Comparison of the banks of Malta and Cyprus

Many of our clients are often ask­ing about the bank­ing sys­tem in Mal­ta and if it is sim­i­lar to the one in Cyprus. To answer this ques­tion I would like to give more detail about the dif­fer­ences between the Mal­tese and the Cypri­ote bank­ing sys­tem. Even though both coun­tries are small islands in the Mediter­ranean they are very dif­fer­ent in how they han­dle their finances.

Cyprus was very suc­cess­ful until the finan­cial cri­sis in 2008. The coun­try man­aged to quick­ly low­er their debt and the nation­al debt dropped from 70.9% of the gross domes­tic prod­uct of 2005 to 48.9% just three years lat­er. The island man­aged to achieve this part­ly with low­er tax rates and illic­it mon­ey from oth­er coun­tries. Cyprus and Greece have strong eco­nom­ic ties and Cyprus is one of the prin­ci­pal cred­i­tors in Greece. One third of the cap­i­tal resources of Cyprus where in Greece in 2011. When Greece start­ed suf­fer­ing more and more under the cri­sis it affect­ed Cyprus neg­a­tive­ly as well, and even­tu­al­ly the banks were suf­fer­ing under a finan­cial cri­sis. The sys­tem col­lapsed in 2012 and Cyprus lost bil­lions. At this point the gov­ern­ment applied for finan­cial aid from the EU. When the ECB stress test was con­duct­ed recent­ly it was clear that the banks and Cyprus were still in a very bad state, and they do not have enough cap­i­tal resources to sur­vive anoth­er cri­sis.

The bank­ing sys­tem in Mal­ta is fun­da­men­tal­ly dif­fer­ent. The banks have their cap­i­tal most­ly from nation­al sources, and not oth­er coun­tries. This is main­ly the rea­son why Mal­ta did not suf­fer a lot under the cri­sis. The banks are gen­er­al­ly much more con­ser­v­a­tive and more reluc­tant con­duct­ing risky busi­ness prac­tices. This is cer­tain­ly good news, because if you would like to relo­cate your com­pa­ny to Mal­ta and open a Mal­tese busi­ness account you can be cer­tain to find a sta­ble bank­ing sys­tem. The largest banks are cur­rent­ly HSBC Mal­ta, Banif and the Mediter­ranean bank. They per­formed well in the ECB stress test, which means that the banks have enough cap­i­tal resources in case anoth­er finan­cial cri­sis hits the mar­ket. Of course we hope that this will not hap­pen!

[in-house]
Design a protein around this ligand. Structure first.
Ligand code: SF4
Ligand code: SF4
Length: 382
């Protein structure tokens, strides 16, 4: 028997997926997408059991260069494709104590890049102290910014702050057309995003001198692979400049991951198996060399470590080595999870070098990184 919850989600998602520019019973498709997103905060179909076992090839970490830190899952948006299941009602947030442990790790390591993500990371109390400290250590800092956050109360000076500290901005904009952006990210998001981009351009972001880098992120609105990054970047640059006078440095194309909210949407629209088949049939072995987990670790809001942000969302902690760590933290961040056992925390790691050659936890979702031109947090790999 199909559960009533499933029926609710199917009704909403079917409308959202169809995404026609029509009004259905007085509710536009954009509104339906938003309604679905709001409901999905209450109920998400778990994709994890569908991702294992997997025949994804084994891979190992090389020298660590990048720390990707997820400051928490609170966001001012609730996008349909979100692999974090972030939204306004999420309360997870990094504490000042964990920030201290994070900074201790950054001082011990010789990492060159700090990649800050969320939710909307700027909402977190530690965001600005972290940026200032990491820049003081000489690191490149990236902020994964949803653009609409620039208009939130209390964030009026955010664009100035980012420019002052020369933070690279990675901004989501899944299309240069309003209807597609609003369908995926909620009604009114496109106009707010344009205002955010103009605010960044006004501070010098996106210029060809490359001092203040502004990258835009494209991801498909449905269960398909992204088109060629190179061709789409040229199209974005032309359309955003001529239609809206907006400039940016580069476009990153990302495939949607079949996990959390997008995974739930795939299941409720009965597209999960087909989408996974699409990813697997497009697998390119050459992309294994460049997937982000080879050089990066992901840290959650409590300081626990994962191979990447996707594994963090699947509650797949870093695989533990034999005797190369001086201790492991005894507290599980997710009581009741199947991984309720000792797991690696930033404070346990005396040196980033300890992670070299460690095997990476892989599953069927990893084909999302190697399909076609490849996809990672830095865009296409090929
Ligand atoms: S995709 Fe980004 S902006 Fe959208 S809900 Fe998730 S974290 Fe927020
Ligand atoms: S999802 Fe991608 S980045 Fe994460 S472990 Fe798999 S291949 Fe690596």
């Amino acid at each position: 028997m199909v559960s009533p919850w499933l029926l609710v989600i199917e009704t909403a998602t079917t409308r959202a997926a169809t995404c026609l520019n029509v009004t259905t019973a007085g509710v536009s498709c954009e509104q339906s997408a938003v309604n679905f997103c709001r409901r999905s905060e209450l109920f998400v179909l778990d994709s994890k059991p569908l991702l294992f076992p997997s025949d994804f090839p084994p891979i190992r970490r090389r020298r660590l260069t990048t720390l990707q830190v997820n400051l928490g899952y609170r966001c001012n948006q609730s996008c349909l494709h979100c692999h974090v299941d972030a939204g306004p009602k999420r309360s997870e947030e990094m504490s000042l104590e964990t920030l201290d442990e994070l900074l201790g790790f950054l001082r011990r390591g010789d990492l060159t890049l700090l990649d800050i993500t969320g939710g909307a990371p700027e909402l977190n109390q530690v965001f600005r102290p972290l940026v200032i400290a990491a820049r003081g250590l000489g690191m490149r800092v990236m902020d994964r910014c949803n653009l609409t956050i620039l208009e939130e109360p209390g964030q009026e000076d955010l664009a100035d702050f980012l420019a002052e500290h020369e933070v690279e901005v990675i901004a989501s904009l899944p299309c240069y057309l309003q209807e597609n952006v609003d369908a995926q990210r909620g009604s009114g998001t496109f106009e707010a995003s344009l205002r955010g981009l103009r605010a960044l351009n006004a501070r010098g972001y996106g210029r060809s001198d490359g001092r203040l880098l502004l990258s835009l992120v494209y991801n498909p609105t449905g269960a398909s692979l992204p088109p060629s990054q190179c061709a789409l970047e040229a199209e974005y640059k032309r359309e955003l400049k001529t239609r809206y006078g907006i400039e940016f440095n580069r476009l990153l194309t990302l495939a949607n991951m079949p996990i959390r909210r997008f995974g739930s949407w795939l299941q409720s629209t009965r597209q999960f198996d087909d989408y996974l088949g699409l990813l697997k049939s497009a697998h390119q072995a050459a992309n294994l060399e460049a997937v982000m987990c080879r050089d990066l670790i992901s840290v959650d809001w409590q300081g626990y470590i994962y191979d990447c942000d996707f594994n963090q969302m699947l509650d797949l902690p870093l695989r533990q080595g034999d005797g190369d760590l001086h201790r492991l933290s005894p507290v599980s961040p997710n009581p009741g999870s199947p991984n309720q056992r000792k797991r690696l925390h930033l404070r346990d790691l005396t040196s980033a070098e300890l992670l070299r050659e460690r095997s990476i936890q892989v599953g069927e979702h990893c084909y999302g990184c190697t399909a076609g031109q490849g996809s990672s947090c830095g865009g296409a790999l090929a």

About Philipp Sauerborn

In 2005, Philipp Sauer­born joined the firm of St. Matthew in Lon­don, one of the lead­ing Ger­man account­ing firms in Eng­land renowned for its exper­tise in cor­po­rate, com­mer­cial and tax law, as a depart­ment head. After three years, he was a part­ner and man­ag­ing direc­tor.
Towards the end of 2011, he decid­ed to move to Mal­ta, where he first worked at inter­na­tion­al law firms and con­sul­tan­cies in an employed and con­sult­ing capac­i­ty. Since the begin­ning of 2013, he has been a senior employ­ee at Dr. Wern­er & Part­ner. Mr. Sauer­born is cur­rent­ly com­plet­ing his ADIT ‑Advanced Diplo­ma in Inter­na­tion­al Tax.

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